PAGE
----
“That’s just the way it is. Some things will never change…”

Seems like a lot of PBS documentary films set in the Philippines are coming out of the woodwork lately.  A few months ago, I saw Left By the Ship on Independent Lens , and last week on POVGive Up Tomorrow. That’s awesome!!  Okay, I might be a little biased
Give Up Tomorrow was more relatable to me.  Not because anything in my life resembles the predicament of the film’s primary subject, Paco Larrañaga… well, come to think of it, no one’s life could.  Back in the late 90s, well before the social media and just before the 24-hour news cycle, I remember catching the occasional word about the Philippines’ version of “The Trial of the Century.”  I never took the time to learn much about it, thinking it was just some Filipino hyperbole.

From the film’s website

As a tropical storm beats down on the Philippine island of Cebu, two sisters leave work and never make it home…

GIVE UP TOMORROW exposes a Kafkaesque extravaganza populated by flamboyantly corrupt public officials, cops on the take, and a frenzied legal and media circus. It is also an intimate family drama focused on the near mythic struggle of two angry and sorrowful mothers who have dedicated more than a decade to executing or saving one young man, Paco Larrañaga.

So, no, unlike Paco, I’ve never been convicted and sentenced to death for rape and murder, even though 35 witnesses and at least one photograph place me 350 miles away from the crime scene.  But when I hear the stories of the things the victims’ family and Larrañaga’s family did to try and prove Paco’s guilt or innocence–things people in most civilized countries would call trading in influence, corruption, cronyism, and nepotism–I remembered how I grew up hearing that those sorts of methods were, regrettably, simply “the way things are done.”  Or, in the immortal words of Bruce Hornsby and the Range, “That’s just the way it is.”  In other words, you needed to do what you needed to do in order to get your due in what everyone knows is a broken system.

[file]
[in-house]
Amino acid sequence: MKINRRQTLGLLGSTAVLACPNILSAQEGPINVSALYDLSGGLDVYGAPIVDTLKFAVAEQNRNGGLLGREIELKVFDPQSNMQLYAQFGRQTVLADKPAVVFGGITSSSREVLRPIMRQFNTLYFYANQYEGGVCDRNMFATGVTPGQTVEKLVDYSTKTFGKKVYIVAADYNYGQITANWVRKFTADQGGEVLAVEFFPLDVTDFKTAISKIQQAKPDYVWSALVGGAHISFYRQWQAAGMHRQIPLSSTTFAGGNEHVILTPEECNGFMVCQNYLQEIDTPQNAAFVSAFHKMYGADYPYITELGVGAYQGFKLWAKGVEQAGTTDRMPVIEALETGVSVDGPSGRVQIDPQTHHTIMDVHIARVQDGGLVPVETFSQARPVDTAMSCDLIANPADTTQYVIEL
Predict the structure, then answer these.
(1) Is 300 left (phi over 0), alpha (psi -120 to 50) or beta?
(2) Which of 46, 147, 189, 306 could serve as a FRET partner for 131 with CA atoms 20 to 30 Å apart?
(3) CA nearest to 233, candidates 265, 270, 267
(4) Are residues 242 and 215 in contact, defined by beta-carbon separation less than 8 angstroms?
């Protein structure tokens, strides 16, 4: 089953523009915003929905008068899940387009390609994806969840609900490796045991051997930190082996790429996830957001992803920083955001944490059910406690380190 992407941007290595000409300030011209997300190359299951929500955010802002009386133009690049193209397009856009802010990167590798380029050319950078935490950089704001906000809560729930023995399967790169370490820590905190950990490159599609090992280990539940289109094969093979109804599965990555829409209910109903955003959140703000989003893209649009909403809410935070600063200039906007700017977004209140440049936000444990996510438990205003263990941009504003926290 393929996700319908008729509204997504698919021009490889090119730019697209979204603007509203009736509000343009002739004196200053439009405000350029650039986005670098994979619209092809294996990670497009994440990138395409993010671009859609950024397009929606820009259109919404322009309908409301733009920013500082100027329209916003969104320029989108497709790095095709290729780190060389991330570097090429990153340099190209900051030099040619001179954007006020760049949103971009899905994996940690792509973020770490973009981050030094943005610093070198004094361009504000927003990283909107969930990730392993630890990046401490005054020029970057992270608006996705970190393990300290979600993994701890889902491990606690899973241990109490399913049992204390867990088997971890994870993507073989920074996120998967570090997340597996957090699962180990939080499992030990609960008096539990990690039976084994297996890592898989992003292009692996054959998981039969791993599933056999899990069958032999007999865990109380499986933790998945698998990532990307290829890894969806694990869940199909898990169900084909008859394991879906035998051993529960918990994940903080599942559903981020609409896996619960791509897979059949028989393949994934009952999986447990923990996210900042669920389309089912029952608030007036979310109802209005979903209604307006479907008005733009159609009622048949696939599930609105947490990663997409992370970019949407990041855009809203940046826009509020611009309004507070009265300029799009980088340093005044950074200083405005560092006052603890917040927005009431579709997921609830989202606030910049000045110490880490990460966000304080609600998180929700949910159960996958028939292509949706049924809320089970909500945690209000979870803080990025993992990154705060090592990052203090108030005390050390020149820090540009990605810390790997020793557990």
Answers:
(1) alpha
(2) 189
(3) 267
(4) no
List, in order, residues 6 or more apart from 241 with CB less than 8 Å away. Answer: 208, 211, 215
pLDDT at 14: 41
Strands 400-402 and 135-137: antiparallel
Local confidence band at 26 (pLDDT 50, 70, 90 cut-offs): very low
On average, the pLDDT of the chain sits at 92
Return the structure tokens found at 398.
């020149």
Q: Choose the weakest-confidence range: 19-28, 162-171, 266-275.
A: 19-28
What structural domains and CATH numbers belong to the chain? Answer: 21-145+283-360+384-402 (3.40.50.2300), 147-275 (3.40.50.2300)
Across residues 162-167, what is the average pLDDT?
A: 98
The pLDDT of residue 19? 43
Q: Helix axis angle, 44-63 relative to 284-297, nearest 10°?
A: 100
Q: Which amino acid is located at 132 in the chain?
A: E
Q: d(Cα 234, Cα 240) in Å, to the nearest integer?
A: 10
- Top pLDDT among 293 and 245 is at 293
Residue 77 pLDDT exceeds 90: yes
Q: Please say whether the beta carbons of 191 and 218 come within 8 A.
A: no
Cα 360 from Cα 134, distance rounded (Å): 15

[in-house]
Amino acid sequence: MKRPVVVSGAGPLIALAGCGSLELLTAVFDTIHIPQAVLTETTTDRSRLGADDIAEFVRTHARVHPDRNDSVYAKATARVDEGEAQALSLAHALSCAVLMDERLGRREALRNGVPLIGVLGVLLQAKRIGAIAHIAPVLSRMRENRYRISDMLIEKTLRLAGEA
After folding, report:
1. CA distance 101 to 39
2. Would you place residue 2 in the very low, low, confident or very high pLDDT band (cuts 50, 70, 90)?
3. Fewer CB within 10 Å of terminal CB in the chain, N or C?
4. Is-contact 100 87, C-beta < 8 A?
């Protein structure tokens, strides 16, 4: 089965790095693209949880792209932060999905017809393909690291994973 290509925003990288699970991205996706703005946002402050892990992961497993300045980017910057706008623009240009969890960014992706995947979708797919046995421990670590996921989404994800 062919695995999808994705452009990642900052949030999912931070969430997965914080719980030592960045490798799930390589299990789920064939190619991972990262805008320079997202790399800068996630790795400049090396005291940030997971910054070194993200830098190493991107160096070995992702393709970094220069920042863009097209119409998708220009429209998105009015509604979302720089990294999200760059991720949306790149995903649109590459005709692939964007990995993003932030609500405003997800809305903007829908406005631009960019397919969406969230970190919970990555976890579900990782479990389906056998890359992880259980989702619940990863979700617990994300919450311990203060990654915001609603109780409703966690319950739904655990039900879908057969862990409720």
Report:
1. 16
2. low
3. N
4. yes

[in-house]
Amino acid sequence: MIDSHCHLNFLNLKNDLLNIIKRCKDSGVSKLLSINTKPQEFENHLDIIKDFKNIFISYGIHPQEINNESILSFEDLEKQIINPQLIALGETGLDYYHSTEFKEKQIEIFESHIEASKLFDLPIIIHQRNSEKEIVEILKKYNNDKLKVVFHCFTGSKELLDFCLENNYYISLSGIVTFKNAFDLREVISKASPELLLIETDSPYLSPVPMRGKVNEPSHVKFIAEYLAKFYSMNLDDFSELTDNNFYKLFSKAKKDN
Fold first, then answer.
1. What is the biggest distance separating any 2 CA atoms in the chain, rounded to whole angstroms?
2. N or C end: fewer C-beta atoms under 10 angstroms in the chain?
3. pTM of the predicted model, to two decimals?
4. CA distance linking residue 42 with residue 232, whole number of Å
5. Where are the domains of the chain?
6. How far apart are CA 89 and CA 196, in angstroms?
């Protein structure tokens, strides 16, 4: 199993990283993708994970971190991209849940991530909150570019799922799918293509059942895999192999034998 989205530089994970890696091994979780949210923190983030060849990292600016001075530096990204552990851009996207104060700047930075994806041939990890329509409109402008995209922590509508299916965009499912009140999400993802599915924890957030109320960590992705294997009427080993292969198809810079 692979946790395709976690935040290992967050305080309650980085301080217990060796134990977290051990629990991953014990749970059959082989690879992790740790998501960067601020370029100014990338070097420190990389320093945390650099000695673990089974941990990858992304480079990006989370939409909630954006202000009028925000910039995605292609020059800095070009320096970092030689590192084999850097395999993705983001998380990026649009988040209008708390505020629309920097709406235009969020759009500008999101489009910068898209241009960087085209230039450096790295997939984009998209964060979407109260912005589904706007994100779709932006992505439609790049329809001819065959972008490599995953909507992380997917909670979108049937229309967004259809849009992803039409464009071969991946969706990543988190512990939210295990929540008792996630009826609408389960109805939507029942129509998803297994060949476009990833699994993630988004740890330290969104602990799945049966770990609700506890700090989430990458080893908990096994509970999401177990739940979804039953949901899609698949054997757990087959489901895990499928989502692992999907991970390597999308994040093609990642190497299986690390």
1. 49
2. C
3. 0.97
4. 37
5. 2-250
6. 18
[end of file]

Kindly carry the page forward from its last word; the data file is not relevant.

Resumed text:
Because if you think your son is suffering through what you see is a gross miscarriage of justice, and you had the position and influence to take advantage of an international law to get him moved to another country, what might you do?

If you think someone is about to get away with the rape and murder of your children because you fear his family could use their position and influence to do just that, and you have relatives who are cops, or who literally work in the office of the President of the Philippines, or who actually happens to be The Chief Justice of the Supreme Court of the Philippines, what might you do?

The amazing thing about the film is it’s example of how virtually every person in it really does see her or himself as the hero of his or her own story.  From Paco, to the Larrañagas, to the Chiongs (the victims’ family), even down to the judge who gave these bizarre rulings and even fell asleep (yeah, you read that right) at different points during the trial.

Well, except for maybe one person.

Near the end of the film, Paco’s mother berates herself for not having allowed her son to flee the country to the US or Spain (where they have relatives) when the charges were announced, against the advice of virtually everyone around her.  That strategy isn’t so unusual, even for ostensibly innocent people: go on the lam for a bit, maybe to another province or another country, let the heat die down a bit, and let the evidence wind its way through.  But Paco’s mother refused to play that game.  She applied the reasoning that most others would apply: 35 witnesses + 1 photograph = This’ll get straightened out in a jiffy.  And because she made that bet, she continues to ask herself to this day if she was a bad mother.

When people can feel like a failure as a parent for trusting the system, it’s no wonder they think they live in a world where “some things will never change.”

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